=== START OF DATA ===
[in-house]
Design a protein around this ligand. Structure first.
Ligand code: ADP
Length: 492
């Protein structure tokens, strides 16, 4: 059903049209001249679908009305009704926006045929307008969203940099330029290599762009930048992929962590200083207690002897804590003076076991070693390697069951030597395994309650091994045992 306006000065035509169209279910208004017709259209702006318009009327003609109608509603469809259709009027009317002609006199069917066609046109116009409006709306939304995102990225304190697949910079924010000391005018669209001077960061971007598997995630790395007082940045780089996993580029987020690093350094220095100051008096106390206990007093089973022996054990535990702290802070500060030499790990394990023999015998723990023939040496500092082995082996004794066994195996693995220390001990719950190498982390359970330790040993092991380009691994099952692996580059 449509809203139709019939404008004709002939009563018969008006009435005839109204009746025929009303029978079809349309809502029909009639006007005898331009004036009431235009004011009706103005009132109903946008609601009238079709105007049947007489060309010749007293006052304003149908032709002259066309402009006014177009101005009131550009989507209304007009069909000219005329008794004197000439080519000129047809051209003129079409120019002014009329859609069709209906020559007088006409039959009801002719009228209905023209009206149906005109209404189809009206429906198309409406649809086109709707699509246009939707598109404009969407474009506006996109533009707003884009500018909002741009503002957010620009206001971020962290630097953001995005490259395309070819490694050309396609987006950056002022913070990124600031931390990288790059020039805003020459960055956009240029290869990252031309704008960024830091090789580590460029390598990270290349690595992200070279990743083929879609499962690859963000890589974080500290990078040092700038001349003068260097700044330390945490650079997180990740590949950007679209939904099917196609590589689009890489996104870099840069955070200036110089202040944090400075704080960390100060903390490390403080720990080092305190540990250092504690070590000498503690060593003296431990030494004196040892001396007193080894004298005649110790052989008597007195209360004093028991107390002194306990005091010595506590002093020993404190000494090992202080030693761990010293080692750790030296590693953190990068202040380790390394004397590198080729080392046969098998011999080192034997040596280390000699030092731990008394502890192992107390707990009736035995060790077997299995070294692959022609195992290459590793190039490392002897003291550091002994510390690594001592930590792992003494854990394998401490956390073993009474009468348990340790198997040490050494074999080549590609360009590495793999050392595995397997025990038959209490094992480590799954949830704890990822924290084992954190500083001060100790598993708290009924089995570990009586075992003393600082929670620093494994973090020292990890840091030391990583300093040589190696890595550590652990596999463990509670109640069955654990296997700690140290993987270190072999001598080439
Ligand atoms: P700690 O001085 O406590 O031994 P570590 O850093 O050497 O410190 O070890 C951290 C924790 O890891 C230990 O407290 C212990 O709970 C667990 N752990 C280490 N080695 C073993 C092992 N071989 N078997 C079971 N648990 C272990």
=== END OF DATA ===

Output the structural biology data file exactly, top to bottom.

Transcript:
[in-house]
Design a protein around this ligand. Structure first.
Ligand code: ADP
Length: 492
């Protein structure tokens, strides 16, 4: 059903049209001249679908009305009704926006045929307008969203940099330029290599762009930048992929962590200083207690002897804590003076076991070693390697069951030597395994309650091994045992 306006000065035509169209279910208004017709259209702006318009009327003609109608509603469809259709009027009317002609006199069917066609046109116009409006709306939304995102990225304190697949910079924010000391005018669209001077960061971007598997995630790395007082940045780089996993580029987020690093350094220095100051008096106390206990007093089973022996054990535990702290802070500060030499790990394990023999015998723990023939040496500092082995082996004794066994195996693995220390001990719950190498982390359970330790040993092991380009691994099952692996580059 449509809203139709019939404008004709002939009563018969008006009435005839109204009746025929009303029978079809349309809502029909009639006007005898331009004036009431235009004011009706103005009132109903946008609601009238079709105007049947007489060309010749007293006052304003149908032709002259066309402009006014177009101005009131550009989507209304007009069909000219005329008794004197000439080519000129047809051209003129079409120019002014009329859609069709209906020559007088006409039959009801002719009228209905023209009206149906005109209404189809009206429906198309409406649809086109709707699509246009939707598109404009969407474009506006996109533009707003884009500018909002741009503002957010620009206001971020962290630097953001995005490259395309070819490694050309396609987006950056002022913070990124600031931390990288790059020039805003020459960055956009240029290869990252031309704008960024830091090789580590460029390598990270290349690595992200070279990743083929879609499962690859963000890589974080500290990078040092700038001349003068260097700044330390945490650079997180990740590949950007679209939904099917196609590589689009890489996104870099840069955070200036110089202040944090400075704080960390100060903390490390403080720990080092305190540990250092504690070590000498503690060593003296431990030494004196040892001396007193080894004298005649110790052989008597007195209360004093028991107390002194306990005091010595506590002093020993404190000494090992202080030693761990010293080692750790030296590693953190990068202040380790390394004397590198080729080392046969098998011999080192034997040596280390000699030092731990008394502890192992107390707990009736035995060790077997299995070294692959022609195992290459590793190039490392002897003291550091002994510390690594001592930590792992003494854990394998401490956390073993009474009468348990340790198997040490050494074999080549590609360009590495793999050392595995397997025990038959209490094992480590799954949830704890990822924290084992954190500083001060100790598993708290009924089995570990009586075992003393600082929670620093494994973090020292990890840091030391990583300093040589190696890595550590652990596999463990509670109640069955654990296997700690140290993987270190072999001598080439
Ligand atoms: P700690 O001085 O406590 O031994 P570590 O850093 O050497 O410190 O070890 C951290 C924790 O890891 C230990 O407290 C212990 O709970 C667990 N752990 C280490 N080695 C073993 C092992 N071989 N078997 C079971 N648990 C272990």